ACA Insurance Reforms Working on the Individual Market

Research from The Commonwealth Fund found little indication that risk segmentation is causing adverse effects in the insurance market either in coverage sold on the exchanges and coverage sold off the exchanges.

The Affordable Care Act (ACA)'s provisions to prevent risk segmentation have been working. According to research from The Commonwealth Fund, there has been little indication that risk segmentation is causing adverse effects in the insurance market despite initial concerns that insurers might seek to enroll lower-risk customers.

Researchers took a look at insurers' federal filings to assess how well the ACA's provisions that keep risk segregation in check are working. They compared coverage sold on the exchanges with coverage sold off the exchanges in order to observe if risk segmentation is occurring.

"Before the exchanges launched, analysts speculated that insurers might attempt to segregate higher-risk from lower-risk subscribers by encouraging those at higher risk to purchase on the exchanges and those with lower risks to remain off the exchanges," the authors wrote. "If successful, that adverse selection strategy could increase the cost of government subsidies."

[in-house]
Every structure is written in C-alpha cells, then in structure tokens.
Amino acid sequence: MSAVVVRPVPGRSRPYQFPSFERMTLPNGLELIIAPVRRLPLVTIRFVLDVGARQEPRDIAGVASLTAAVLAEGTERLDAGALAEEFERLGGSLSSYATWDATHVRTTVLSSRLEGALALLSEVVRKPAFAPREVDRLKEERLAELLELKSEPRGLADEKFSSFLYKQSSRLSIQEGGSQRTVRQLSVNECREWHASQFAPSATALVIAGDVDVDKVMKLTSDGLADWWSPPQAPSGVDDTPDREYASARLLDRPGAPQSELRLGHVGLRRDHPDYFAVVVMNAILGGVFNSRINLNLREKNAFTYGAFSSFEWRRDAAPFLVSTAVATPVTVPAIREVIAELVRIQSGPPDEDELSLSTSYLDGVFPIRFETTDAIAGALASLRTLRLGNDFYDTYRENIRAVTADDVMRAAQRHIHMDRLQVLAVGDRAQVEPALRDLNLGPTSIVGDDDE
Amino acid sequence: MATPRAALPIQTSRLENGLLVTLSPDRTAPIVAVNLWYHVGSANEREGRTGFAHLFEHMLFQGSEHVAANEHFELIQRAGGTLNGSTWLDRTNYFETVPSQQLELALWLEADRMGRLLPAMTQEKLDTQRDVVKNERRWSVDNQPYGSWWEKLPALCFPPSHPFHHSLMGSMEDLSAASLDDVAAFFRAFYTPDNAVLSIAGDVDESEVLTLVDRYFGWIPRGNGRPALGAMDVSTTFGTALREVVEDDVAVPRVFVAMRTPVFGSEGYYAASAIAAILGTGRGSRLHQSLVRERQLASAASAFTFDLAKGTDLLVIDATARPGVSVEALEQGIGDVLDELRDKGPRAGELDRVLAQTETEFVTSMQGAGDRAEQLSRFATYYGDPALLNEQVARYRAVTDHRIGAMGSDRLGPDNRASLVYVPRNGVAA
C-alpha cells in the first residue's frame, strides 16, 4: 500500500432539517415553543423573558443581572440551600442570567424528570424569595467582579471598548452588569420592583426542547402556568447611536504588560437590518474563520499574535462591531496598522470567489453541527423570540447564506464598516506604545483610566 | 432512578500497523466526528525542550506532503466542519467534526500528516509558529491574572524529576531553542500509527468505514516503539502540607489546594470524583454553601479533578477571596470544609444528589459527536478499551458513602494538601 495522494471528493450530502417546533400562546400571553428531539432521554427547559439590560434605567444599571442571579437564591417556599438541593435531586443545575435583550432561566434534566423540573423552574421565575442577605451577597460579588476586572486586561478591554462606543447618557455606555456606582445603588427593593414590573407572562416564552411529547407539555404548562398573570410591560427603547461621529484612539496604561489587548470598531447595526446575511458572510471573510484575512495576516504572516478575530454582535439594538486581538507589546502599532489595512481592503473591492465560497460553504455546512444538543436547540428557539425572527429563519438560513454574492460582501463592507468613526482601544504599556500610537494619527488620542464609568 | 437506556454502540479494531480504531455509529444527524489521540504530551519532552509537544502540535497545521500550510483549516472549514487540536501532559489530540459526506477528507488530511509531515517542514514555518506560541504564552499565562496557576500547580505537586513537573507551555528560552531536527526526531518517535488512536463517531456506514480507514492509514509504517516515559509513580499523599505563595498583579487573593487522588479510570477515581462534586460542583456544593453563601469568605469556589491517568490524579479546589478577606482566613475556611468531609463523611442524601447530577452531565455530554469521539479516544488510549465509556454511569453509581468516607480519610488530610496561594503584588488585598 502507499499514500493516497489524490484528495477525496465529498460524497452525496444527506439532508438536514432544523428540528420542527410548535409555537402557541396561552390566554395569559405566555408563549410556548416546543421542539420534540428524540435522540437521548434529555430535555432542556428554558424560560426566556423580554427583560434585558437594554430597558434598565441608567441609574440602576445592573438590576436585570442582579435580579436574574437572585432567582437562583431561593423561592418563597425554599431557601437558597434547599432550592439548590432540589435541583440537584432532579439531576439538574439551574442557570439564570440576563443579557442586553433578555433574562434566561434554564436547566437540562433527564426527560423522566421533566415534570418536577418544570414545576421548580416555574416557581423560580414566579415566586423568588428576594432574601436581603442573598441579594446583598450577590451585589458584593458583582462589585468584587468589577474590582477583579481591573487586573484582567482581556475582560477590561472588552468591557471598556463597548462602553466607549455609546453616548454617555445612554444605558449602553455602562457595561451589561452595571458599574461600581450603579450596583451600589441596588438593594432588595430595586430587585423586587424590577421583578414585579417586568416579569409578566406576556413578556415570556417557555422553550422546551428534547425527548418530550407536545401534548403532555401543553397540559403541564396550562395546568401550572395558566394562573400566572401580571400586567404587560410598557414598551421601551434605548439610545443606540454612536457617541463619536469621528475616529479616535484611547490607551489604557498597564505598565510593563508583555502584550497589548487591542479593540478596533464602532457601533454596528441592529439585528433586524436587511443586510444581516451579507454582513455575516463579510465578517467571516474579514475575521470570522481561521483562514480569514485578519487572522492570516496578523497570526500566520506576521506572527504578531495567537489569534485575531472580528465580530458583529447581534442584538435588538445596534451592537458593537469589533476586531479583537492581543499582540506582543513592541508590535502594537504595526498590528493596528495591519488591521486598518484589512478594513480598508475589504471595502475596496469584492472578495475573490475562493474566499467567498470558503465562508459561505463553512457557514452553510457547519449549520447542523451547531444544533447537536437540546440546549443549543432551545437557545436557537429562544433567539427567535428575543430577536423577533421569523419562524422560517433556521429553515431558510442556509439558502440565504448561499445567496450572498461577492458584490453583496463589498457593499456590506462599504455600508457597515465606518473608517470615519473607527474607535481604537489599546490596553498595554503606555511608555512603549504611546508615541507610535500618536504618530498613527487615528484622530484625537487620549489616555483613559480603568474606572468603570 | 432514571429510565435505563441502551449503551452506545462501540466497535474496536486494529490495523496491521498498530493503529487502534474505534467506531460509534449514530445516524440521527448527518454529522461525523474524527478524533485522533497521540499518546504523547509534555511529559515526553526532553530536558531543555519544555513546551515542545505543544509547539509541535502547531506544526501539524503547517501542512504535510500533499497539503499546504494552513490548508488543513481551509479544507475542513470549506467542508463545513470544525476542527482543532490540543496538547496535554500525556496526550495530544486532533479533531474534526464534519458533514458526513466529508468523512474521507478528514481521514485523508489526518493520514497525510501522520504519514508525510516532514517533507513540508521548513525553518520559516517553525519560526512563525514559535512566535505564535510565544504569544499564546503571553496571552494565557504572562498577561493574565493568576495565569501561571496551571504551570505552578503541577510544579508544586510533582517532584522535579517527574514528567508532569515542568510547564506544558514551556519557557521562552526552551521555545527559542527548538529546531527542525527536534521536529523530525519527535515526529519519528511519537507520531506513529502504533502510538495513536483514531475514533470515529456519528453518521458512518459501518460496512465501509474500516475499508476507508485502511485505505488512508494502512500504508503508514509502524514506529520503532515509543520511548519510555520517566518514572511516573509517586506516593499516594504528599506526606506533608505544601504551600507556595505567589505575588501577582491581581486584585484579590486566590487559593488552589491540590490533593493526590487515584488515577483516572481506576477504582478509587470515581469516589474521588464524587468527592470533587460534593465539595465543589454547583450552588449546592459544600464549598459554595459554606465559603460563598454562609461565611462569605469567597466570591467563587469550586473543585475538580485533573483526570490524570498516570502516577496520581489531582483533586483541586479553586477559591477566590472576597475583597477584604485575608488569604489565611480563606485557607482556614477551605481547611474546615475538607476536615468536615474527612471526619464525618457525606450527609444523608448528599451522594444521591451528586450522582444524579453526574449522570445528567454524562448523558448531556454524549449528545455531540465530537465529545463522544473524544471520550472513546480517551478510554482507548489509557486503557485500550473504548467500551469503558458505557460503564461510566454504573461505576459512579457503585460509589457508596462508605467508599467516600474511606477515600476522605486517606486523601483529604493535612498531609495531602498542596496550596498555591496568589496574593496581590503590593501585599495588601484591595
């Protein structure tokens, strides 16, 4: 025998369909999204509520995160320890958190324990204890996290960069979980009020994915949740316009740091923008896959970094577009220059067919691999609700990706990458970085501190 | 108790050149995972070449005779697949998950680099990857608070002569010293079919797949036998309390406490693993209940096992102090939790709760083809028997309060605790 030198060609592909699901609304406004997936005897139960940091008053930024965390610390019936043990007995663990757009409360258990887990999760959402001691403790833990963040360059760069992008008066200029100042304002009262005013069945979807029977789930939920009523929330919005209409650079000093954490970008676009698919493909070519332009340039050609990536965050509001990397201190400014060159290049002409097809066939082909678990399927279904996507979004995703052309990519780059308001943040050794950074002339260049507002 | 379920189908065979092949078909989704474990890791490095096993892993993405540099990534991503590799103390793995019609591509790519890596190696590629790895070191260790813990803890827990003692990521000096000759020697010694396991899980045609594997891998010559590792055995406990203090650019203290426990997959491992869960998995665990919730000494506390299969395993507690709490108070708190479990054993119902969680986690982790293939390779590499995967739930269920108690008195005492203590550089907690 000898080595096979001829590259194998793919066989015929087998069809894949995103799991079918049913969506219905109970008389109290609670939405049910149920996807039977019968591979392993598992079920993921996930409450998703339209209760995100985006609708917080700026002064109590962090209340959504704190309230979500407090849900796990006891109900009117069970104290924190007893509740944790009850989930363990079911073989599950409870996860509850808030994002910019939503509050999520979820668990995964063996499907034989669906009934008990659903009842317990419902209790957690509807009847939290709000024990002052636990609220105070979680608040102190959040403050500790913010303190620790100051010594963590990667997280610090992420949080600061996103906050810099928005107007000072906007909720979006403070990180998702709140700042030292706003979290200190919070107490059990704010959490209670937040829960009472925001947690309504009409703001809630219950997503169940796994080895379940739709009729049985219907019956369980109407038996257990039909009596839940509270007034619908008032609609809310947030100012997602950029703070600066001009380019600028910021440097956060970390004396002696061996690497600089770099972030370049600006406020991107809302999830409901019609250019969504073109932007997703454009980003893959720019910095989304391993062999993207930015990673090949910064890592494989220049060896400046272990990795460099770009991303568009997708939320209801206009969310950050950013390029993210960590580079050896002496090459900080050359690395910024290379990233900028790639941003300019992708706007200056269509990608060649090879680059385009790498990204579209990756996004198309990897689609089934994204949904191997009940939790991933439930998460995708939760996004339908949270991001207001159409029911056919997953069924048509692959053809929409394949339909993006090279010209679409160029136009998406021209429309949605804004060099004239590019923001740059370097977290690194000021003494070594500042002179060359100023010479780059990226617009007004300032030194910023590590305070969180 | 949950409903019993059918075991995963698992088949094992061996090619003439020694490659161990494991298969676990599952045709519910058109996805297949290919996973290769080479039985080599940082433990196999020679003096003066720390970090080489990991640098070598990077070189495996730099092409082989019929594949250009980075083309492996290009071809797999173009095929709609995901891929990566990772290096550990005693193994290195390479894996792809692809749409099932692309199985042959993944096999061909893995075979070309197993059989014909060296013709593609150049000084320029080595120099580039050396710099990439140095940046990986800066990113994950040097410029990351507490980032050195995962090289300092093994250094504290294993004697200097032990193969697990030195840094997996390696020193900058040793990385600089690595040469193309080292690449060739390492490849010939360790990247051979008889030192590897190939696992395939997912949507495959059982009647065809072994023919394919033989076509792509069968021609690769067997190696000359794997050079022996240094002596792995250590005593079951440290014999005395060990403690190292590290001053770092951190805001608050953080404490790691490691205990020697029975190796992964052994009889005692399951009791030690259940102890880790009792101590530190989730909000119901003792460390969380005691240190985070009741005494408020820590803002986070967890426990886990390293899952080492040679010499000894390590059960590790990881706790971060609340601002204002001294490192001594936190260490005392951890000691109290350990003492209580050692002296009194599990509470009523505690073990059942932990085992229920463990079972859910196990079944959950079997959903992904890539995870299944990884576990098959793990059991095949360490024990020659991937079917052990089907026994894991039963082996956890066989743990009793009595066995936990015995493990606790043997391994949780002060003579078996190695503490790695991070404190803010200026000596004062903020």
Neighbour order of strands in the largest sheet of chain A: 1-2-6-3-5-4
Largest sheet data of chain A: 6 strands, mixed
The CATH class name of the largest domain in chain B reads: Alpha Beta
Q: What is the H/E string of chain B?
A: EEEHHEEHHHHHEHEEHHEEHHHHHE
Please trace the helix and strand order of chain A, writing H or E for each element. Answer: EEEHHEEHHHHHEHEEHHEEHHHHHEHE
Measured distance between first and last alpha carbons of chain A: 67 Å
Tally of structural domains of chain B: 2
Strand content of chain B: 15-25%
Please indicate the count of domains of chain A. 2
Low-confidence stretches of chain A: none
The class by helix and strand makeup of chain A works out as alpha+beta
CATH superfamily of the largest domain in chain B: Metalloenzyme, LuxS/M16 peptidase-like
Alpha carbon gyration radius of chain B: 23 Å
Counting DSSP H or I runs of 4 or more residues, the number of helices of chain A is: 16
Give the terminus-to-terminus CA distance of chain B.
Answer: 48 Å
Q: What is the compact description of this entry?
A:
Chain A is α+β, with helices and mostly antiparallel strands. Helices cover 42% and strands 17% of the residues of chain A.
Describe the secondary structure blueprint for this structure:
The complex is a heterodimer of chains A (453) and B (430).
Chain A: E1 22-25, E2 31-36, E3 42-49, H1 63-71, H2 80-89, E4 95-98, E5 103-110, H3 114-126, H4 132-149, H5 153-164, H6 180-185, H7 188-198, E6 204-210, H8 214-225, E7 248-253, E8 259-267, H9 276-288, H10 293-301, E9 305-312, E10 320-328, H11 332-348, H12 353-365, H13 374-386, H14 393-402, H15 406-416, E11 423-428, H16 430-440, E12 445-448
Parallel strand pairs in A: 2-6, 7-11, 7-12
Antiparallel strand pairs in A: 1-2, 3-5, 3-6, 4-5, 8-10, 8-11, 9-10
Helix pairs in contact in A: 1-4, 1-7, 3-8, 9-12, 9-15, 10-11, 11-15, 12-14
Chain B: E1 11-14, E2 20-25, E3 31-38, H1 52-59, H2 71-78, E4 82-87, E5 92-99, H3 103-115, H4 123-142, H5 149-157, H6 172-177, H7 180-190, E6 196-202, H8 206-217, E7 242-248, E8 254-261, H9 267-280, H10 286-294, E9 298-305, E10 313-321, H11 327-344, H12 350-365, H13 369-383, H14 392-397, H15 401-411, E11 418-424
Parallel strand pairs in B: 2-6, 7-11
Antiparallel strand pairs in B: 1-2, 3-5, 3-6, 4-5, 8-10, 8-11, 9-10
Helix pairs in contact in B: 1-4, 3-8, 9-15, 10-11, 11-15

Risk segmentation could have occurred by insurers offering leaner plans off the exchanges, but the researchers found that more-generous benefit plans have constituted a greater portion of plans sold off-exchange than those sold on-exchange. For example, bronze-level plans have a similar share on and off the exchanges and gold- and platinum-level plans—the most expensive of plans—are much more prevalent off-exchange than on.

They also found that there is a much greater proportion of people in silver-level plans on the exchanges compared with off. One likely reason is that lower-income people who are eligible for reduced out-of-pocket cost-sharing must choose a silver plan to receive the full benefit of that subsidy.

"All the major plan types (bronze, silver, gold) are being actively sold in both market segments, and general patterns of medical cost increase are similar in each segment," the authors wrote.